Deadly endorsement: why cheeky Muscat congratulates Adrian Delia for his victory

Joseph Muscat knows that whenever by congratulating the PN leader he is only diminishing him in the eyes of a large segment of PN voters

By reinforcing this image through his sweet talk, Muscat is only making the opposition leader’s task harder
By reinforcing this image through his sweet talk, Muscat is only making the opposition leader’s task harder

On Sunday, Prime Minister Joseph Muscat congratulated Opposition leader Adrian Delia for “beating [former PN leader] Simon Busuttil” and called on him to get a grip of the party, while also predicting further trouble for the PN.

“It’s like when you’re watching a series and you think everything has passed but then something comes up again and leaves you waiting for the next season,” Muscat said of the PN’s own story arc.

Muscat knows well that by reinforcing the perception that Labour prefers Delia to the “Busuttil faction”, he is touching a raw nerve among a segment of PN voters who actually believe Delia is a Labour Trojan horse. And dispelling this image is one of Delia’s greatest problems.

By reinforcing this image through his sweet-talk, Muscat only makes Delia’s task harder. The insinuation makes it difficult for Delia to strike a balance between holding the government to account without constantly raising the stakes (as his predecessor did on the Egrant affair), and conveying that sense of indignation when it is really needed.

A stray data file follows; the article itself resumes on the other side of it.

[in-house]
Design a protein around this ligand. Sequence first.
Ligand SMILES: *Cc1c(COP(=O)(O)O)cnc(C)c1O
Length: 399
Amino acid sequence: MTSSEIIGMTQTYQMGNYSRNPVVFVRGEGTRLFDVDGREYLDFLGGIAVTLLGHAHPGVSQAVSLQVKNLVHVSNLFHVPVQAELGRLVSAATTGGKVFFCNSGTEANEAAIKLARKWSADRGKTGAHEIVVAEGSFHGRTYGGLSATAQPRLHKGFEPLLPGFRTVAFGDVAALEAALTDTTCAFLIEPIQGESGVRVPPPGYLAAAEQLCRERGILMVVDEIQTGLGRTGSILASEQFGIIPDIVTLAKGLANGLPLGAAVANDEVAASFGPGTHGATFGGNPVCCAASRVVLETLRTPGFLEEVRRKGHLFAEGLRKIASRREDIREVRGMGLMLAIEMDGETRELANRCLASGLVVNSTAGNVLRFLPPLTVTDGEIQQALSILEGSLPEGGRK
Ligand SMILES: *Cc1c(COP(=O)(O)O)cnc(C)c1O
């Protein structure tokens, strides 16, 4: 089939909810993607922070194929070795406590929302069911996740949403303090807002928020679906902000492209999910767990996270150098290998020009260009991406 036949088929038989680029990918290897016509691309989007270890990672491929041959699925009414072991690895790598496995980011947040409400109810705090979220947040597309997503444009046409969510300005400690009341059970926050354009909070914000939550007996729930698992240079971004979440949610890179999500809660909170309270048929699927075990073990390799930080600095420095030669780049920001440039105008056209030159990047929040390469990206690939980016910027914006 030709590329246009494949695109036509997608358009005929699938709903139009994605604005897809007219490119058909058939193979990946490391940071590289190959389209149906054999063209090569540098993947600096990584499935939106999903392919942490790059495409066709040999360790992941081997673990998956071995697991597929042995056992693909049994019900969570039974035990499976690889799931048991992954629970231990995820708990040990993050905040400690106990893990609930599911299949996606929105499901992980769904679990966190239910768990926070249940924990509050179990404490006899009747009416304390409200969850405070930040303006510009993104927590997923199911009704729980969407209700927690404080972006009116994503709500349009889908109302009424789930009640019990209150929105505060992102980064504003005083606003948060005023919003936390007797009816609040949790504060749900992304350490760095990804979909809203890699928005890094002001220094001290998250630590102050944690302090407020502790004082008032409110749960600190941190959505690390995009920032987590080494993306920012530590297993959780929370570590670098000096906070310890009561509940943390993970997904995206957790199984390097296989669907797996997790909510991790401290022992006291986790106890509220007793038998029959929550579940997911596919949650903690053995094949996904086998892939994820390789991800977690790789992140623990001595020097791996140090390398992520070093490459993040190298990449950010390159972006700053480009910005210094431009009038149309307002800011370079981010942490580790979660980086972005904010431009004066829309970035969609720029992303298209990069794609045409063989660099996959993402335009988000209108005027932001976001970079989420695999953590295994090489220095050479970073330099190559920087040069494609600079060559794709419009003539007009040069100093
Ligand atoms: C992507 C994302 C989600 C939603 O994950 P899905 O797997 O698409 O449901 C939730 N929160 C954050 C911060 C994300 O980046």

Muscat knows he is far more vulnerable if faced by a moderate but hard-hitting opposition. His gentle endorsement of Delia gives his opponent more rope to hang himself with: Delia must always prove himself with those who fear some sort of Labour collusion with extreme positions, where he is at his worst when angry.

And then it also increases the temptation for Delia to confront Muscat on social issues, which end up splitting his own party base.

So any praise by Muscat just makes it harder for Delia to offer constructive criticism. Muscat knows how difficult it is for Delia to get a “grip of the party”.

Although reinforced by a two-thirds vote in the party’s General Council in his favour, the fact that a third of the party’s councillors want him removed shows that he has a mountain to climb. Delia has to reach out to the political middle-ground, bur then has to keep the party’s more intransigent members on board.

Therefore he has to be both decisive and magnanimous in his victory.

Delia’s greatest mistake would be that of reducing the strife faced in his party to a factional fight between him and the so-called Busuttil faction. In reality, even more crucial is for him to convince a large sector of the electorate who have no nostalgia for the old PN – but who still cannot see the Opposition leader as a prime minister-in-waiting – capable of leading the country’s government.

This part of the electorate cannot yet understand clearly what kind of change the PN can bring about in Malta. It is Delia who has to prove himself through his own actions.